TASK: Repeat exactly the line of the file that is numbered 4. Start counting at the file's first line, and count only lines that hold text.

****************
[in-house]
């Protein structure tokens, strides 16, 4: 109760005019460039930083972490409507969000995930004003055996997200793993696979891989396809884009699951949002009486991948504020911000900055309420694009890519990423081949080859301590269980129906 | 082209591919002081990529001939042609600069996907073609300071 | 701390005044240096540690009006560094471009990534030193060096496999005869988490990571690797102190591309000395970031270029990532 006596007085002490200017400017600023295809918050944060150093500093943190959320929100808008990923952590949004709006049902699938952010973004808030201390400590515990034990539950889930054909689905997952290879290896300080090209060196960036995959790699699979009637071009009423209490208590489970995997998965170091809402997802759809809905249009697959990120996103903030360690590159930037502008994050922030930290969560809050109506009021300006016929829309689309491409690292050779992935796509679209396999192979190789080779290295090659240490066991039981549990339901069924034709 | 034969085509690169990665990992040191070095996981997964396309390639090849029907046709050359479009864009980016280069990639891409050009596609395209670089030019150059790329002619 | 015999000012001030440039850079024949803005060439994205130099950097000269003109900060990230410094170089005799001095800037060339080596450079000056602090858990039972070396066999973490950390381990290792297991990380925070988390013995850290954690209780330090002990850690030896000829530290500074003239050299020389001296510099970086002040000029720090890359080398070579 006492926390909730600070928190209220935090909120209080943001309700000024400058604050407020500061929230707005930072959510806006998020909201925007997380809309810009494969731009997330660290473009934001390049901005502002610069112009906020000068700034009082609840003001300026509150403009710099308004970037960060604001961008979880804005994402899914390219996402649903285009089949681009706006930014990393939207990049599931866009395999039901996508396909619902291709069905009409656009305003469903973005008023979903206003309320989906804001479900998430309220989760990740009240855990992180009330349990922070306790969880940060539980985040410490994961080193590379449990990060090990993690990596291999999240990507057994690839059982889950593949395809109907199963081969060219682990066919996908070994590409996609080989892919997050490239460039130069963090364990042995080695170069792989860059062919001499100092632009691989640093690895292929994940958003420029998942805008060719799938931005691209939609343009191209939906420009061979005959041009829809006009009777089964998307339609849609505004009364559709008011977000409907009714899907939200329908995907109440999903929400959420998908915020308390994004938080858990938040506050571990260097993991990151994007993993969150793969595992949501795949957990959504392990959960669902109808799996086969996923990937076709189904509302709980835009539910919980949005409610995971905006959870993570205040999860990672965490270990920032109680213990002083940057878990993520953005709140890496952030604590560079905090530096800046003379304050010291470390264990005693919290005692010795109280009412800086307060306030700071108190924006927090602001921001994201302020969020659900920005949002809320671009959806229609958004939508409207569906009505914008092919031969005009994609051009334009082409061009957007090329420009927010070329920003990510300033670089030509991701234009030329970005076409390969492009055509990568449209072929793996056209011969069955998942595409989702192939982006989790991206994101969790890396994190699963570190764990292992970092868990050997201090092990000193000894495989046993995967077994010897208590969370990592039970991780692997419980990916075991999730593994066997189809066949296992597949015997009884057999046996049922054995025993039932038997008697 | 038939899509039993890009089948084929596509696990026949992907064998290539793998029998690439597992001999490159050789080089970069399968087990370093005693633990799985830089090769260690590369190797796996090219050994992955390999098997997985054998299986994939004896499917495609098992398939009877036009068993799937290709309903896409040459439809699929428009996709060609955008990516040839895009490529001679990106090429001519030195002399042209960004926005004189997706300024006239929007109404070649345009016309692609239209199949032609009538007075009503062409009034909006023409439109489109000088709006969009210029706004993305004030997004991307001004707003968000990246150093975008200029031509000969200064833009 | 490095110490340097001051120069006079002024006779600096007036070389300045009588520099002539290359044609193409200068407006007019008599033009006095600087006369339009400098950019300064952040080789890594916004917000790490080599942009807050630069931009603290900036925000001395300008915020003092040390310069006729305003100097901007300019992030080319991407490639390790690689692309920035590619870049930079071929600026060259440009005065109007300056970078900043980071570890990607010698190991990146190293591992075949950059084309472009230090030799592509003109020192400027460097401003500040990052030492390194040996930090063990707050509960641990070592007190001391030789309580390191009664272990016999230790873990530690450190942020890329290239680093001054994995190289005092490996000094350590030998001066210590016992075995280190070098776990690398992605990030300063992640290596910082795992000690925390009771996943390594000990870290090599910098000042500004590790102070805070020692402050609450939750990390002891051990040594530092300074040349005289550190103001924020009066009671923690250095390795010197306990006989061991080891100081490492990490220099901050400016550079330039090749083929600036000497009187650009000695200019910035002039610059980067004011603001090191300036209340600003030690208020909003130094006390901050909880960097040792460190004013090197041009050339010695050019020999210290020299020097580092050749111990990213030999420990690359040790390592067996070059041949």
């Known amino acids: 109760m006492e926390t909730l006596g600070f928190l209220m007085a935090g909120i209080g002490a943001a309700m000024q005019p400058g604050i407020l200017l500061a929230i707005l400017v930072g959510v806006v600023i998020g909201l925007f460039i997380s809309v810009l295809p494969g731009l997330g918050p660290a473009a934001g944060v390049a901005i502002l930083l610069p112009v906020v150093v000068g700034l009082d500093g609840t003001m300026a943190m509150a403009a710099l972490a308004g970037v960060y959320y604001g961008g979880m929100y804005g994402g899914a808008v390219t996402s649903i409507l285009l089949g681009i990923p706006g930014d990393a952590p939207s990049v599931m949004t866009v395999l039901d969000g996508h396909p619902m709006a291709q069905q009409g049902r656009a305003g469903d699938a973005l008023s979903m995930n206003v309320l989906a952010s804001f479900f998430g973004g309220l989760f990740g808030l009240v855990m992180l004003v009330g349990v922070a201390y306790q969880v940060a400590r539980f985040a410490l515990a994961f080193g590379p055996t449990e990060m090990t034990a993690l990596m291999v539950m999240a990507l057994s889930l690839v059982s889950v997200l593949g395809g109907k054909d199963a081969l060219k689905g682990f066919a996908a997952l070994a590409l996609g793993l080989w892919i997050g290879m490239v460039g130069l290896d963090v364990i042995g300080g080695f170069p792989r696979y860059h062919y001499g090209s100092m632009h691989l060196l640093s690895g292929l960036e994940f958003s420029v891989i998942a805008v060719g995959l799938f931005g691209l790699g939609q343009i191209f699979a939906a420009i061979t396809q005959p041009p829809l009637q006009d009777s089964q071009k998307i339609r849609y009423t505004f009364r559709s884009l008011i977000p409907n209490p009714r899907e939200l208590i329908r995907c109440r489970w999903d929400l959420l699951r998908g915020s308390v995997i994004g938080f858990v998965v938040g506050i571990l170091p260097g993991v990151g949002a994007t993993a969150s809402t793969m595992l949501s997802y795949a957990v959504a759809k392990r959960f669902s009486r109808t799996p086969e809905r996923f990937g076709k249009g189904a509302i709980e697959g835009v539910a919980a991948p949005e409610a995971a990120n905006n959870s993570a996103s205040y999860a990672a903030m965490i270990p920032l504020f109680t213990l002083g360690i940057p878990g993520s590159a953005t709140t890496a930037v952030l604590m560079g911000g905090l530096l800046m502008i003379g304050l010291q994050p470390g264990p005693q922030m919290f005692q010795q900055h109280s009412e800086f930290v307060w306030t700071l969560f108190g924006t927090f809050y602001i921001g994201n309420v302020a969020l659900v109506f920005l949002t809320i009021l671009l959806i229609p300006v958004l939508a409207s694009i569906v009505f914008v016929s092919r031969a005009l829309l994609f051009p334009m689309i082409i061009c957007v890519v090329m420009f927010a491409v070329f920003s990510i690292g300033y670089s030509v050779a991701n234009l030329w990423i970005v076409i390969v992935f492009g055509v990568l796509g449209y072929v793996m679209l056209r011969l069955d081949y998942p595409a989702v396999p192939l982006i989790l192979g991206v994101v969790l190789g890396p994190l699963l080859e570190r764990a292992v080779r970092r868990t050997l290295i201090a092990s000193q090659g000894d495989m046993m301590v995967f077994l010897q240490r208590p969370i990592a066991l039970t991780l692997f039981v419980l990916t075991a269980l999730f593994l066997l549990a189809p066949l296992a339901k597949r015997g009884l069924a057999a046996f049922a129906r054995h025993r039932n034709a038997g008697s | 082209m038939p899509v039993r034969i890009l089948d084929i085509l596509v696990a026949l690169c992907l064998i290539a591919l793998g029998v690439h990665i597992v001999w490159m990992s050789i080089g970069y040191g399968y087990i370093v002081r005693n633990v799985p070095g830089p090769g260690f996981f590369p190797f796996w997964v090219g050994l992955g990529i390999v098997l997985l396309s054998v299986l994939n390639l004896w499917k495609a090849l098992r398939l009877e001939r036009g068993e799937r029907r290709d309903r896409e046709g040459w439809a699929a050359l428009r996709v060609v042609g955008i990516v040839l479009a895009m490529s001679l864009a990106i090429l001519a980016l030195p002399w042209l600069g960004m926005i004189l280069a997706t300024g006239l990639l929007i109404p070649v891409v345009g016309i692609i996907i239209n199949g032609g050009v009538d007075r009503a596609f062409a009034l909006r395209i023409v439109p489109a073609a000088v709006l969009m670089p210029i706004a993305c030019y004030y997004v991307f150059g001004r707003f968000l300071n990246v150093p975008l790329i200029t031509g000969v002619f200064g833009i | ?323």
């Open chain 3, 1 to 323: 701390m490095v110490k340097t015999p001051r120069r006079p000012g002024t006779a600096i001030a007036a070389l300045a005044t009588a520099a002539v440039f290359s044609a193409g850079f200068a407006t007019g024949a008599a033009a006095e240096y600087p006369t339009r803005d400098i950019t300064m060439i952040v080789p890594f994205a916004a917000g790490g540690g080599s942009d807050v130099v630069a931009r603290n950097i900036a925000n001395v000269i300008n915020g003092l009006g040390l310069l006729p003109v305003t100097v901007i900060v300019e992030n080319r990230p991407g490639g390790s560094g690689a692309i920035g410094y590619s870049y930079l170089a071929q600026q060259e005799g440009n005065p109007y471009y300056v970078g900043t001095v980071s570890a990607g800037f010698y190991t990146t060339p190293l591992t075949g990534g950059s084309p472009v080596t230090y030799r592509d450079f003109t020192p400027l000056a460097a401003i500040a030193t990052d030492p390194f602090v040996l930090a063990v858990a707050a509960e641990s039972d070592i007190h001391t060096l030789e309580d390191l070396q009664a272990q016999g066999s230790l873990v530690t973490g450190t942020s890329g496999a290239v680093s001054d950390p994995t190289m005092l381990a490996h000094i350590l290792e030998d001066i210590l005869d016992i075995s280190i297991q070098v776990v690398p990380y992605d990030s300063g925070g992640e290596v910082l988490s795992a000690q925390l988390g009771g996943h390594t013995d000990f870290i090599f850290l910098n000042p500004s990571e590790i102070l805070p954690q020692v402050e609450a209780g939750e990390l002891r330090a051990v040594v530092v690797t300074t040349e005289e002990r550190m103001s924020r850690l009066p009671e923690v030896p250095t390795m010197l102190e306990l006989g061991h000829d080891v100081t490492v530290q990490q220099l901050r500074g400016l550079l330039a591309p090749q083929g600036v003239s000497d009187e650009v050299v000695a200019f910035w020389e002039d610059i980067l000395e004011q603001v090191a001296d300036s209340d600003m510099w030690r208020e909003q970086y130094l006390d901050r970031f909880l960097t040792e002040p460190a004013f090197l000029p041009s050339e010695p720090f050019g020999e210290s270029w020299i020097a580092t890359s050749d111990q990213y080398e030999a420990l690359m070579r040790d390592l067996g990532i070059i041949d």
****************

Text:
């Open chain 3, 1 to 323: 701390m490095v110490k340097t015999p001051r120069r006079p000012g002024t006779a600096i001030a007036a070389l300045a005044t009588a520099a002539v440039f290359s044609a193409g850079f200068a407006t007019g024949a008599a033009a006095e240096y600087p006369t339009r803005d400098i950019t300064m060439i952040v080789p890594f994205a916004a917000g790490g540690g080599s942009d807050v130099v630069a931009r603290n950097i900036a925000n001395v000269i300008n915020g003092l009006g040390l310069l006729p003109v305003t100097v901007i900060v300019e992030n080319r990230p991407g490639g390790s560094g690689a692309i920035g410094y590619s870049y930079l170089a071929q600026q060259e005799g440009n005065p109007y471009y300056v970078g900043t001095v980071s570890a990607g800037f010698y190991t990146t060339p190293l591992t075949g990534g950059s084309p472009v080596t230090y030799r592509d450079f003109t020192p400027l000056a460097a401003i500040a030193t990052d030492p390194f602090v040996l930090a063990v858990a707050a509960e641990s039972d070592i007190h001391t060096l030789e309580d390191l070396q009664a272990q016999g066999s230790l873990v530690t973490g450190t942020s890329g496999a290239v680093s001054d950390p994995t190289m005092l381990a490996h000094i350590l290792e030998d001066i210590l005869d016992i075995s280190i297991q070098v776990v690398p990380y992605d990030s300063g925070g992640e290596v910082l988490s795992a000690q925390l988390g009771g996943h390594t013995d000990f870290i090599f850290l910098n000042p500004s990571e590790i102070l805070p954690q020692v402050e609450a209780g939750e990390l002891r330090a051990v040594v530092v690797t300074t040349e005289e002990r550190m103001s924020r850690l009066p009671e923690v030896p250095t390795m010197l102190e306990l006989g061991h000829d080891v100081t490492v530290q990490q220099l901050r500074g400016l550079l330039a591309p090749q083929g600036v003239s000497d009187e650009v050299v000695a200019f910035w020389e002039d610059i980067l000395e004011q603001v090191a001296d300036s209340d600003m510099w030690r208020e909003q970086y130094l006390d901050r970031f909880l960097t040792e002040p460190a004013f090197l000029p041009s050339e010695p720090f050019g020999e210290s270029w020299i020097a580092t890359s050749d111990q990213y080398e030999a420990l690359m070579r040790d390592l067996g990532i070059i041949d």